By: Tyler Madsen
Arizona Wildcats head coach Sean Miller being caught by FBI wiretaps is one of the latest scandals rocking the college basketball world. Wiretap evidence show’s Miller discussed a payment of $100,000 to secure top recruit, and current player, DeAndre Ayton. The money offer was accepted by Ayton and his family, he then signed with the Wildcats. As we all know college athletes are not to be paid on top of their scholarships, so Sean Miller and the whole Arizona athletic department are facing major sanctions from the NCAA and potential criminal charges from the FBI. Arizona has already lost a key commitment in Shareef O’Neal, son of Shaquille O’Neal, his de-commitment was announced on February 25th.
With Miller’s departure ahead within the next few days or weeks, the school has to deal with the assumed death penalty to the program that will be handed to them by the NCAA. The death penalty is when the team is not allowed to compete in the sport for the year and is the harshest penalty a school can receive. Now Arizona’s athletic department must put their crisis management procedures in order to help repair their image.
By: Hannah Banas
Since the school shooting in Florida, there has been a strong movement to change the gun laws in the United States. In the aftermath of this tragedy, companies and their public relations departments have had to make decisions about the businesses’ reactions to it. Major companies such as Delta Airlines, United Airlines, MetLife, and First National Bank of Omaha have cut ties with the National Rifle Association (NRA).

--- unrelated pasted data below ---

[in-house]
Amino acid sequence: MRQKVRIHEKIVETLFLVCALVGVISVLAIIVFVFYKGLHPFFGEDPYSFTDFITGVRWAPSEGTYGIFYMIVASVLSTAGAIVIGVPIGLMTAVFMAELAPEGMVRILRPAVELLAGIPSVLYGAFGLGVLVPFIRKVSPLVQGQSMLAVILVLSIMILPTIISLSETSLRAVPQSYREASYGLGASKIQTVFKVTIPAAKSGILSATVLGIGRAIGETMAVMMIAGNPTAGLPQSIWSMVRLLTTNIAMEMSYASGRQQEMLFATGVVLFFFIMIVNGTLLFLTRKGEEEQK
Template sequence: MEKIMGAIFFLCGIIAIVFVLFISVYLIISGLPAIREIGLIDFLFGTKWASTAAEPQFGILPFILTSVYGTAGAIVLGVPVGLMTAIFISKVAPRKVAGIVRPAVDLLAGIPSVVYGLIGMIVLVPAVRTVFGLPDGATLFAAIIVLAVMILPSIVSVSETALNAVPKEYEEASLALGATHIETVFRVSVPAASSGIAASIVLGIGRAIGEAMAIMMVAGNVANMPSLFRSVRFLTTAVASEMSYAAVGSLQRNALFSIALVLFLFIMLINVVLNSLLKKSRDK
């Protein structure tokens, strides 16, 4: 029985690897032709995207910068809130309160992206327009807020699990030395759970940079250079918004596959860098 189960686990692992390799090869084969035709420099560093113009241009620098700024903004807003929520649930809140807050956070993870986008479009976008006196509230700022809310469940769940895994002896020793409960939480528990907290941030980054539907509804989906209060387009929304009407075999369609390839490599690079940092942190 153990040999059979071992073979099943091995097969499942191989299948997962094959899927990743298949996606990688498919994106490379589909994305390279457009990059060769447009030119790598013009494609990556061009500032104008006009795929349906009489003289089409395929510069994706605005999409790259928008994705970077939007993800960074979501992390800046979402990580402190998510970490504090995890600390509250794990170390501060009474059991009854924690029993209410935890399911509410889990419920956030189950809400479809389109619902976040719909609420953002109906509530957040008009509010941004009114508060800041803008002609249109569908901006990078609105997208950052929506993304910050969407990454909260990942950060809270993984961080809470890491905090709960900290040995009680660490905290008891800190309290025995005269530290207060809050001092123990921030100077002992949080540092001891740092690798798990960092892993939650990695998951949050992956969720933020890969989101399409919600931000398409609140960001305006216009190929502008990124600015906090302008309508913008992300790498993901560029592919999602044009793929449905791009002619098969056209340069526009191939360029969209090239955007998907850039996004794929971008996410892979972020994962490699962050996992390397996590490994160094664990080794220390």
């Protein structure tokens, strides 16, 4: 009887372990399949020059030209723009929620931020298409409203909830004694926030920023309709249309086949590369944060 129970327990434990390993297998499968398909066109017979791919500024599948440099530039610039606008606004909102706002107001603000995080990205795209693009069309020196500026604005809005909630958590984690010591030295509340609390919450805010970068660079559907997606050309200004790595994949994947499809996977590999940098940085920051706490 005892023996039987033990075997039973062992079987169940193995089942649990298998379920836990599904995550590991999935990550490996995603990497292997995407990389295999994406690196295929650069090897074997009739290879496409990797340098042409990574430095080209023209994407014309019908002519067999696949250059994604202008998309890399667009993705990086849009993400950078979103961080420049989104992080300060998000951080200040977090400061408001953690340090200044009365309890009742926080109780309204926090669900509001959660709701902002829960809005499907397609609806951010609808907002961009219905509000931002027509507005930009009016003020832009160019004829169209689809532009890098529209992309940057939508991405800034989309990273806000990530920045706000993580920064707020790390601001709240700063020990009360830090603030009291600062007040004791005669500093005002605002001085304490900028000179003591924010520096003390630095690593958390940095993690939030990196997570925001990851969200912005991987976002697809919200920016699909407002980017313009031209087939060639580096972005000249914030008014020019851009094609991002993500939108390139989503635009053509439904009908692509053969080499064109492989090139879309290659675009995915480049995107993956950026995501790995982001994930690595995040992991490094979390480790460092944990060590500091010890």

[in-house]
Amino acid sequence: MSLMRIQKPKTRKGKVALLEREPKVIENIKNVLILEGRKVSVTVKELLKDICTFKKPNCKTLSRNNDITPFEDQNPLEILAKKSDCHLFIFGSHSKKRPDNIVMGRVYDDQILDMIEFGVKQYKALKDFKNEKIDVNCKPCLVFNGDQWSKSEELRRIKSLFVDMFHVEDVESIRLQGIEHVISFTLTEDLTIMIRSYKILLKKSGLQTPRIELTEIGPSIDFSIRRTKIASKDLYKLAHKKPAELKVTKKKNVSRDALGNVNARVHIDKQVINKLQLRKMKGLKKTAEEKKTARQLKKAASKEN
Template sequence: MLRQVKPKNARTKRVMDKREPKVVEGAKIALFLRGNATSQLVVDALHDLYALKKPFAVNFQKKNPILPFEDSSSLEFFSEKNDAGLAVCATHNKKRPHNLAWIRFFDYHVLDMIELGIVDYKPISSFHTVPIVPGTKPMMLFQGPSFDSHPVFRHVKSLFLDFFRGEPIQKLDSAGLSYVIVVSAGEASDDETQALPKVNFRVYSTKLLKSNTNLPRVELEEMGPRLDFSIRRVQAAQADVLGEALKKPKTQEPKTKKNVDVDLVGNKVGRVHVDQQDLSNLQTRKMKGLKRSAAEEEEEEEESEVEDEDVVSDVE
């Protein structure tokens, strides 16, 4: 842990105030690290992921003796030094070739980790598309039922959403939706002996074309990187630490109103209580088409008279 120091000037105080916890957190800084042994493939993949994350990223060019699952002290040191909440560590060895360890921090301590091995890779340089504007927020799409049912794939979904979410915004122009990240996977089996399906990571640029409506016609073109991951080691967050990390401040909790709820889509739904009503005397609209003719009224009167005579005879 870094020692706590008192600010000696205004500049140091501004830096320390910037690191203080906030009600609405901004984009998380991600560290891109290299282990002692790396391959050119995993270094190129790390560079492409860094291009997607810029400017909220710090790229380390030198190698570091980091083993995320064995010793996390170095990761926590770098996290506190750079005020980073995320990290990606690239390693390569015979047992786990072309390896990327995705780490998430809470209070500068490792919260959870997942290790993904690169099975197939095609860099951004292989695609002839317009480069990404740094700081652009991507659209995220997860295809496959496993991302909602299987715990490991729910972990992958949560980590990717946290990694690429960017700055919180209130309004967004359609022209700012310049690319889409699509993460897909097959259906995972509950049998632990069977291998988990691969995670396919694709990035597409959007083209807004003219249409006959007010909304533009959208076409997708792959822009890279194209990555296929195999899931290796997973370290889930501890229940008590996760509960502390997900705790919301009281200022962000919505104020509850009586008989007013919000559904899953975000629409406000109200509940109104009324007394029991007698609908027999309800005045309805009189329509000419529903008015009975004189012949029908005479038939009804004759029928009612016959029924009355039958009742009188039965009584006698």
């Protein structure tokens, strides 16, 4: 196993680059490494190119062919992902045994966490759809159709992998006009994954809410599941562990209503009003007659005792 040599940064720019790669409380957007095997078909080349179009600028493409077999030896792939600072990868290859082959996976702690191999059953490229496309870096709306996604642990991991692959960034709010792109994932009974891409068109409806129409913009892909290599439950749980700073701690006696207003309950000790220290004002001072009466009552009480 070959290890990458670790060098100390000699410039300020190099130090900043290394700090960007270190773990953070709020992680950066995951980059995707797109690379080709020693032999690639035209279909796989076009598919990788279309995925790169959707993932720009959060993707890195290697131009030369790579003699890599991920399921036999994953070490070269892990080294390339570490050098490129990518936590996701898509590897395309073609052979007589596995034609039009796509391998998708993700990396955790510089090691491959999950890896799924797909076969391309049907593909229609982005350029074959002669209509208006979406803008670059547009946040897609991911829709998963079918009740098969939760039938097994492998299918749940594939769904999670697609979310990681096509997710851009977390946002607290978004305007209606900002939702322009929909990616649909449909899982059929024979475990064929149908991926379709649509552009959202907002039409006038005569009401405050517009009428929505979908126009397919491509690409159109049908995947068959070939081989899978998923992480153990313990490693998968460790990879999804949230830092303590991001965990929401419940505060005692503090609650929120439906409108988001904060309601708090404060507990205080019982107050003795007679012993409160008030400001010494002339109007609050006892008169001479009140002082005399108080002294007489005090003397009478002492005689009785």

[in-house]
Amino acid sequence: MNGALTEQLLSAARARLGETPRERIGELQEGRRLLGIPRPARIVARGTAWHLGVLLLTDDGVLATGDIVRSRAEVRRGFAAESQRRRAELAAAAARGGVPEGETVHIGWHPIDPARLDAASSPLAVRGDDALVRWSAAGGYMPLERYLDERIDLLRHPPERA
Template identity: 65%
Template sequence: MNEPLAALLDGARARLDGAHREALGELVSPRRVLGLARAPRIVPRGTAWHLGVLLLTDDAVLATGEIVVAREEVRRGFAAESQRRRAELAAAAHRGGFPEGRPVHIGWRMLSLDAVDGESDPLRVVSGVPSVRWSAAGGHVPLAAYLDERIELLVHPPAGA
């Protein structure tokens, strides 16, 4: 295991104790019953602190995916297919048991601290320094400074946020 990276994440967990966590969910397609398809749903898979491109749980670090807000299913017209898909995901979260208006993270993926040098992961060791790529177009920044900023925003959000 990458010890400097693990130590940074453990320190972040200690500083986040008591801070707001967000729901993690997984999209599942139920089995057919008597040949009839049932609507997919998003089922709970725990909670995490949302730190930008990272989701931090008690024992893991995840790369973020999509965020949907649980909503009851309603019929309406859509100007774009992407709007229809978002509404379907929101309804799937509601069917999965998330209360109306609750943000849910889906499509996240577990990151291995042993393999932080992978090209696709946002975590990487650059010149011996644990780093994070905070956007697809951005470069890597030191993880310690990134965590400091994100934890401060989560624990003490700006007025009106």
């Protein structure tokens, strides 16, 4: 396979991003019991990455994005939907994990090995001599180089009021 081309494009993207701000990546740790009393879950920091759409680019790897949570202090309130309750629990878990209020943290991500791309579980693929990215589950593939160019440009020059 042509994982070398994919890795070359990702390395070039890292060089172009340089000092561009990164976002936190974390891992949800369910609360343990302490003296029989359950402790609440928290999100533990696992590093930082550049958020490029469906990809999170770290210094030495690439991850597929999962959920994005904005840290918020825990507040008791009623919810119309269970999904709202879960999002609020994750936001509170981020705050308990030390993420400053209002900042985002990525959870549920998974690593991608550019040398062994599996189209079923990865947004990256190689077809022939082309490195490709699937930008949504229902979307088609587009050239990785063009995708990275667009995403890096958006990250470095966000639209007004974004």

These companies have decided that it is better for their business to lose the support of the NRA than to have the bad publicity of being associated with the organization. At a time in which people are demanding a shift in gun control laws, public relations departments and companies have to weigh the options of whether an affiliation with the NRA is going to have a positive or negative effect companies.
This is the job of a public relations employee. They have to be the lines of communication between a company and its customers and supporters. They have to listen to what their supporters want and then decide how the company should react. By creating a dialogue between companies and the people they serve, public relations specialists are responsible for the ways their specific companies are associated with the NRA.
By: Allison Haworth
In weeks past, there have been many occurrences of crisis communications at play. Debatably one of the most demanding sectors of PR, crisis communications is “the effort taken by a company to communicate with the public and stockholders when an unexpected event occurs that could have a negative impact on the company's reputation” (PR News Online).
Most large companies outsource a PR agency to take care of all their PR needs. In one incident lately, NBC was in dire need of crisis communications for the host of The Today Show, Matt Lauer. After sexual assault allegations unwrapping this past week, the crisis communications team for NBC was hard at work considering Lauer was fired only 24 hours after the discovery of sexual assault accusations. One may think, how does crisis communications have time to alleviate the situation in 24 hours?